4.NBT.1 5.NBT.1 How Many Times {Arrows & Task Cards for Place Value}

Grade Levels
4th - 5th
Subjects
Standards
Formats Included
  • PDF
Pages
15 +answer keys
$4.50
$4.50
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Learning Objective

This is a hands on way to help students understand standards 4.NBT.1 and 5.NBT.1

Description

If you are teaching place value in grades 4 or 5, you need these hands-on manipulatives! I created these arrow manipulatives to help students see how numbers can be 10 times, 100 times, 1,000 times, and 10,000 times smaller or larger. (4.NBT.1, 5.NBT.1)

"By far, the BEST product I've come across to help students understand this concept. You will not regret this purchase!" -Jennifer S.

"These were so life changing for my class! It REALLY helped them visualize the concept which led them to understanding!" -Learning in Morris Code

"This was perfect for my struggling students! They were able to "see" the concept and manipulate the numbers. 100% of my students are now proficient! :)" -Shelly P.

What Included:

⭐8 Arrows (10 times smaller/larger through 10,000 times smaller/larger)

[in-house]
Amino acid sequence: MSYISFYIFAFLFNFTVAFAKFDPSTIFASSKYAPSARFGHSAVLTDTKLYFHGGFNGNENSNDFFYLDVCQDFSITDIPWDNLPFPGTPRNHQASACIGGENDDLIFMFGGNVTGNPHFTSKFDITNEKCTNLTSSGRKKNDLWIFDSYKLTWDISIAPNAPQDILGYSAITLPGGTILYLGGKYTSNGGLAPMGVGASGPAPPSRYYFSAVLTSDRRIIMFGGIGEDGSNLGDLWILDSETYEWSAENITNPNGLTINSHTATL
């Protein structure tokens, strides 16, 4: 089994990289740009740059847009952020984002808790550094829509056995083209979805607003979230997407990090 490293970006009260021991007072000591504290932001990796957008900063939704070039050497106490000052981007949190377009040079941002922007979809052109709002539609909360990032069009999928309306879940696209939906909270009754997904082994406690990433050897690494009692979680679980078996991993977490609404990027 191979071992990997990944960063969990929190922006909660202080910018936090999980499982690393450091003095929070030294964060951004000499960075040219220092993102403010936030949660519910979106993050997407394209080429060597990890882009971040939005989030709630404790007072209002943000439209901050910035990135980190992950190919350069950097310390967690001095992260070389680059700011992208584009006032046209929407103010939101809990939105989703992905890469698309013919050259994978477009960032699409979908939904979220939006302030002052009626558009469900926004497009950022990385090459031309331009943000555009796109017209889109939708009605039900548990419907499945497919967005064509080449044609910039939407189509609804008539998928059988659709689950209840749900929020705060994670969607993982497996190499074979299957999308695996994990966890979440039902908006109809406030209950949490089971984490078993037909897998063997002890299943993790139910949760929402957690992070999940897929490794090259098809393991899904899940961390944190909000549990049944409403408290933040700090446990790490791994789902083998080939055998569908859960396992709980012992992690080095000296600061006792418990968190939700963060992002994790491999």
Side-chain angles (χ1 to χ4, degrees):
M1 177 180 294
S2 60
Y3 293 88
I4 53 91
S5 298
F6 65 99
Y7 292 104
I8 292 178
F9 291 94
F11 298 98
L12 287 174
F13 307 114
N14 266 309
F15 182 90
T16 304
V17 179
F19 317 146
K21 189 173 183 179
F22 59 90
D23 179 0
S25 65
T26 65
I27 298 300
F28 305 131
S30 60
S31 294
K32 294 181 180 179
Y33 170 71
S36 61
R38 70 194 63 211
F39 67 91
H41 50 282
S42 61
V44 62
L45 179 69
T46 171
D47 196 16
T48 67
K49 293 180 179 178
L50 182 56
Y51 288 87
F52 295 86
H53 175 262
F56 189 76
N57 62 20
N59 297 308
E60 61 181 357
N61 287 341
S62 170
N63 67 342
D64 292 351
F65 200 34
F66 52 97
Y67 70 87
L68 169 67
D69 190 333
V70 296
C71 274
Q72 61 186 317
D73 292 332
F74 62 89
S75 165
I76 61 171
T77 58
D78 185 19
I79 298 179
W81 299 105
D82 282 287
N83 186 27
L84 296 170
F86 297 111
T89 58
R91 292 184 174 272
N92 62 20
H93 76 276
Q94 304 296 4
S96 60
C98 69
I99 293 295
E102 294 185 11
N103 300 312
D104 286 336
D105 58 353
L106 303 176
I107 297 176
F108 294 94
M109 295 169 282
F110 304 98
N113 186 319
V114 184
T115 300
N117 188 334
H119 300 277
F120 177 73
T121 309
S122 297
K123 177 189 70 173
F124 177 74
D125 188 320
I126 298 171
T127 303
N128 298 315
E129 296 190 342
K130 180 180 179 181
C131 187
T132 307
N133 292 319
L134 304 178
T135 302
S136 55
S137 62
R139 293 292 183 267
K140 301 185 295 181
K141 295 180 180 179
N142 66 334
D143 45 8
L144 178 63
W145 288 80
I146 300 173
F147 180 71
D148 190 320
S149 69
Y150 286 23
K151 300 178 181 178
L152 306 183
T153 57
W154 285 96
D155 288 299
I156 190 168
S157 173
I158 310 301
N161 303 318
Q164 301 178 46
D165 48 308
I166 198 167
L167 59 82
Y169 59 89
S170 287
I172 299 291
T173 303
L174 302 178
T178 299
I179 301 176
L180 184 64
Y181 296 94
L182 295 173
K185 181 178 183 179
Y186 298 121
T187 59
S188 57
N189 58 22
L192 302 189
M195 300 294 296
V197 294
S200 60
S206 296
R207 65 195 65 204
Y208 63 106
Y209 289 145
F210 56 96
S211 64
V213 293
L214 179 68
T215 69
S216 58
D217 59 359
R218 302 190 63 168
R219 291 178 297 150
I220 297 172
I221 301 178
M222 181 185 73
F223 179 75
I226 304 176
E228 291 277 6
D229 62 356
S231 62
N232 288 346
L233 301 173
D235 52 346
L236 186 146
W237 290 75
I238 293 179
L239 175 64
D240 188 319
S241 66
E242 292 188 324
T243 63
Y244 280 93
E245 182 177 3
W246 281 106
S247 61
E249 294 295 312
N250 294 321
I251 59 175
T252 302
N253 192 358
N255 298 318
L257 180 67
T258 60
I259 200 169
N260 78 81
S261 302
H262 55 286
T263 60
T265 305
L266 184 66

⭐4 Fractional Arrows (1/10 the size of...through 1/10,000 the size of...)

⭐4 Work Mats

⭐Number Cards

⭐28 Task Cards & Answer Keys

Make endless task cards for your students!

The task cards I've created are fully editable in case you'd like to adjust the wording to line up with your curriculum! I also included a blank page of cards in the task card section and also the answer key section. This way you can type directly into the PDF to make your own.

Get more math resources! Check out our bestselling Guided Math units and Digital Companions!

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Total Pages
15 +answer keys
Answer Key
Included
Teaching Duration
N/A
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Standards

to see state-specific standards (only available in the US).
Recognize that in a multi-digit number, a digit in one place represents 10 times as much as it represents in the place to its right and 1/10 of what it represents in the place to its left.
Recognize that in a multi-digit whole number, a digit in one place represents ten times what it represents in the place to its right. For example, recognize that 700 ÷ 70 = 10 by applying concepts of place value and division.

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